SCOTT CORWIN: The industry in the United States generates $1.9 trillion, almost $2 trillion dollars of income annually.
TANYA OTT: That’s about 12 percent of the total gross domestic product in the US. We’re not just talking about vehicles rolling off the assembly line. We’re talking about revenues for oil companies and gas stations. We’re talking about after-market parts and services. Rentals, taxis, limos. Advertising on the radio and outdoor advertising like those billboards you see on your commute.
SCOTT CORWIN: That whole value chain has basically been unchanged really almost going back to the time of Henry Ford a century ago.
TANYA OTT: But Scott says right now there is historic change going on. He’s watching five trends—the convergence of which is allowing a very different form of mobility to emerge. Trend No. 1 . . .
SCOTT CORWIN: Maturing power-train technologies and the shift from gas to diesel to electric or, potentially down the road, hydrogen fuel cells.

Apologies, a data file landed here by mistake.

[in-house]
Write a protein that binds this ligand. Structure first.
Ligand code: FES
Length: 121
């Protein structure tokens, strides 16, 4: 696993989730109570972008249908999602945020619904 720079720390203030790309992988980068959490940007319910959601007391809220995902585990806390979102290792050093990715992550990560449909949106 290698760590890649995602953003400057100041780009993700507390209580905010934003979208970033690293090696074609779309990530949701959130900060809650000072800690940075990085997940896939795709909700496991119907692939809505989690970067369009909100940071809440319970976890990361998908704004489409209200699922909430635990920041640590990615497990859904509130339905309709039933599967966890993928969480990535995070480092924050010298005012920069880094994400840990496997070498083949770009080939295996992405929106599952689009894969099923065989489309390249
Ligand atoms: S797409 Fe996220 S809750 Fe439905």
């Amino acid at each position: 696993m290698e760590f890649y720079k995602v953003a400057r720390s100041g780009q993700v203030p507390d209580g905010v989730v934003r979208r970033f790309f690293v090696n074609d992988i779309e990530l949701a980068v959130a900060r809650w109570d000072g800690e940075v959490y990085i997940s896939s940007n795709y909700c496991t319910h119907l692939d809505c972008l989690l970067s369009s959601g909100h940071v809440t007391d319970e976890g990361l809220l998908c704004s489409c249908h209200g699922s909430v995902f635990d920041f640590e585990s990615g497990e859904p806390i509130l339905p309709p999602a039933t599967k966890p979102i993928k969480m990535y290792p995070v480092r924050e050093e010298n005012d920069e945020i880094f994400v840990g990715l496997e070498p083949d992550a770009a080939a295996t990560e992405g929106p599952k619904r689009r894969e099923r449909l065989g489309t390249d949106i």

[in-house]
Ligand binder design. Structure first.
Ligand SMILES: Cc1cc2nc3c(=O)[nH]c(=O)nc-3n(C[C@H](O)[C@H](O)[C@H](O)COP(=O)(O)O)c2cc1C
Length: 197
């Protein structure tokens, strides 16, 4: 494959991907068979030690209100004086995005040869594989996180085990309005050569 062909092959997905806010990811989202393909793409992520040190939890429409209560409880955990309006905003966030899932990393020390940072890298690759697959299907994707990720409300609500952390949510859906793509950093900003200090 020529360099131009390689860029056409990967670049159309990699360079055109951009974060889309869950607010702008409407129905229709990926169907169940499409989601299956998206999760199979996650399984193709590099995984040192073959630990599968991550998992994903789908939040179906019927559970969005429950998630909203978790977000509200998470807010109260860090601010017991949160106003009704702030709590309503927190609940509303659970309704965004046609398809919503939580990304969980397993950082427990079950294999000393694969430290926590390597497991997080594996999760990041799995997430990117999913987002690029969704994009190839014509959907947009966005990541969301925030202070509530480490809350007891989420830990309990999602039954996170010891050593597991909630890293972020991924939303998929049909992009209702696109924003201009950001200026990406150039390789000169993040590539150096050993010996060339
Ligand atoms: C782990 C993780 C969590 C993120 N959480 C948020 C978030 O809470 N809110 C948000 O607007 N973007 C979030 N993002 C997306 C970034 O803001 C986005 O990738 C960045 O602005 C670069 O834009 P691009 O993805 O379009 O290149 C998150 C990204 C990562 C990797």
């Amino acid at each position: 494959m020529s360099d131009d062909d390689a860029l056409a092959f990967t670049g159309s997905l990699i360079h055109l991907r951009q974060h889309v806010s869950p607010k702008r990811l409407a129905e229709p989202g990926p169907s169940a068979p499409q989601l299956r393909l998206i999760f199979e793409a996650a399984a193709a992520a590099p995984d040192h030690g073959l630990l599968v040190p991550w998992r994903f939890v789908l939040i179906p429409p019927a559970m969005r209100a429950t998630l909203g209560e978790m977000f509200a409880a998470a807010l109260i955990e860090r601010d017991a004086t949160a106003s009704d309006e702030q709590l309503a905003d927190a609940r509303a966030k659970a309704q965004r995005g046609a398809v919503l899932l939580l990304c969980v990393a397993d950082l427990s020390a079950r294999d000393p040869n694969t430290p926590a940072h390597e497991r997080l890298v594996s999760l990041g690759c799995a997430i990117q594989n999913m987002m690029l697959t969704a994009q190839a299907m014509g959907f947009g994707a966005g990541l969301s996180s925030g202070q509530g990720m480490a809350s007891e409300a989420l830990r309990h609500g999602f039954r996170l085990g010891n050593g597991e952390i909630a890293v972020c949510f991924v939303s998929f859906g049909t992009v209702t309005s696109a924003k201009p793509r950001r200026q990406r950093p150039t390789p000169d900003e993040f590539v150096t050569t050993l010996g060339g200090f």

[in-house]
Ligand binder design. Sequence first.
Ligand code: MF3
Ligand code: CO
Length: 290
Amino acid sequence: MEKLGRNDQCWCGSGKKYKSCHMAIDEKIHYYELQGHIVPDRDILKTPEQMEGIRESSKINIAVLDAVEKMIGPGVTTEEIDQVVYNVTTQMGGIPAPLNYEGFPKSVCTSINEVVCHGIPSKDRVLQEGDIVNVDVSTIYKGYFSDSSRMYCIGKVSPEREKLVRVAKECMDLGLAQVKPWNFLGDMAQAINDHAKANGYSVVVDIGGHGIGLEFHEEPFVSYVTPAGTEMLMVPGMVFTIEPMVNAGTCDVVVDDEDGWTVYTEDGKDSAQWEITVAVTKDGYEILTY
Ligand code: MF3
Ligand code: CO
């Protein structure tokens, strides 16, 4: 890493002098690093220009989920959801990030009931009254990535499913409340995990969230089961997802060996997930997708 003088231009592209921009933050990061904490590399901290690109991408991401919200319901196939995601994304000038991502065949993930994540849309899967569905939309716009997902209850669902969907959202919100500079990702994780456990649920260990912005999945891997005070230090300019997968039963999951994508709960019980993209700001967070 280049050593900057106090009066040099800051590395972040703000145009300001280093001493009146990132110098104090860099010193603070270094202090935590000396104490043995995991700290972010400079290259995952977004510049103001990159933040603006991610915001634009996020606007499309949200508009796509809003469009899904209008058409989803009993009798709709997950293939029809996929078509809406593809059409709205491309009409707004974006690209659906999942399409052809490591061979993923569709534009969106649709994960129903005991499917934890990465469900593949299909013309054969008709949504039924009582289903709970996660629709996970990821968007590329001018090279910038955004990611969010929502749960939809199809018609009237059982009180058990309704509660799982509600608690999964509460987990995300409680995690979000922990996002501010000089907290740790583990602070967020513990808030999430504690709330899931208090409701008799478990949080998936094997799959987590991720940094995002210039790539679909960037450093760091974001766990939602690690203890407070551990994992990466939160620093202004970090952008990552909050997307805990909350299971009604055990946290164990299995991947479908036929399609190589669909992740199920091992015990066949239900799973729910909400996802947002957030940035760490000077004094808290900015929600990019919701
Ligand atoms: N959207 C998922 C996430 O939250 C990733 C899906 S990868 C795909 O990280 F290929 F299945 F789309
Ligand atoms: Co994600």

TANYA OTT: The second trend? Lightweight materials.
SCOTT CORWIN: We now have the emergence of (through chemistry and physics and other things) materials that can take really significant weight out of the vehicles. So a good example of that is what Ford did with their F-150 truck, [where] they used aluminum instead of steel, and they took 600 pounds of weight out of the truck without doing anything to diminish the occupant safety.
TANYA OTT: The third trend is rapid advances in connected vehicles.
SCOTT CORWIN: We are getting to the point that, in the not-too-distant future, through vehicle-to-vehicle and vehicle-to-infrastructure technologies and sensors and the ability to detect where things are, every vehicle will know where every other vehicle is, as well as where they are in relationship to the fixed environment they’re moving in.